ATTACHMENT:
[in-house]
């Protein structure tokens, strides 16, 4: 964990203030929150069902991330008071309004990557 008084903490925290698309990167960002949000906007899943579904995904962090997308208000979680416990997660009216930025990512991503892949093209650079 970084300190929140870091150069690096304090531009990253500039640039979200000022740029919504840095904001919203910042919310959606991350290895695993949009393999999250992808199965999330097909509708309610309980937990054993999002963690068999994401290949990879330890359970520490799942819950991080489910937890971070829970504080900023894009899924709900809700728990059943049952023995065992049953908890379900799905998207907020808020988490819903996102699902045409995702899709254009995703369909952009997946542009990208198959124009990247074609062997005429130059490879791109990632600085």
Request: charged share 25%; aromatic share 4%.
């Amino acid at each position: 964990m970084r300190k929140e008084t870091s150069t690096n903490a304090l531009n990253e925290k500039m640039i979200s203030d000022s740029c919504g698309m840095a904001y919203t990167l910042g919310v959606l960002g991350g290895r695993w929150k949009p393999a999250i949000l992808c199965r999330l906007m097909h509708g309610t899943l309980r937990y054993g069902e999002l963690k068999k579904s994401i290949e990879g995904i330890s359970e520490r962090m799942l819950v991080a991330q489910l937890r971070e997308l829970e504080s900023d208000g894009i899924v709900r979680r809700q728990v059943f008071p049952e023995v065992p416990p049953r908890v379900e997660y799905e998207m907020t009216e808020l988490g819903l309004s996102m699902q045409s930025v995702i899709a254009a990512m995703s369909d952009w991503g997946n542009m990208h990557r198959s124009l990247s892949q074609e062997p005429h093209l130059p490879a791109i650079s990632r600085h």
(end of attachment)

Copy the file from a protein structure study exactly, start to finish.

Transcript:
[in-house]
């Protein structure tokens, strides 16, 4: 964990203030929150069902991330008071309004990557 008084903490925290698309990167960002949000906007899943579904995904962090997308208000979680416990997660009216930025990512991503892949093209650079 970084300190929140870091150069690096304090531009990253500039640039979200000022740029919504840095904001919203910042919310959606991350290895695993949009393999999250992808199965999330097909509708309610309980937990054993999002963690068999994401290949990879330890359970520490799942819950991080489910937890971070829970504080900023894009899924709900809700728990059943049952023995065992049953908890379900799905998207907020808020988490819903996102699902045409995702899709254009995703369909952009997946542009990208198959124009990247074609062997005429130059490879791109990632600085």
Request: charged share 25%; aromatic share 4%.
């Amino acid at each position: 964990m970084r300190k929140e008084t870091s150069t690096n903490a304090l531009n990253e925290k500039m640039i979200s203030d000022s740029c919504g698309m840095a904001y919203t990167l910042g919310v959606l960002g991350g290895r695993w929150k949009p393999a999250i949000l992808c199965r999330l906007m097909h509708g309610t899943l309980r937990y054993g069902e999002l963690k068999k579904s994401i290949e990879g995904i330890s359970e520490r962090m799942l819950v991080a991330q489910l937890r971070e997308l829970e504080s900023d208000g894009i899924v709900r979680r809700q728990v059943f008071p049952e023995v065992p416990p049953r908890v379900e997660y799905e998207m907020t009216e808020l988490g819903l309004s996102m699902q045409s930025v995702i899709a254009a990512m995703s369909d952009w991503g997946n542009m990208h990557r198959s124009l990247s892949q074609e062997p005429h093209l130059p490879a791109i650079s990632r600085h």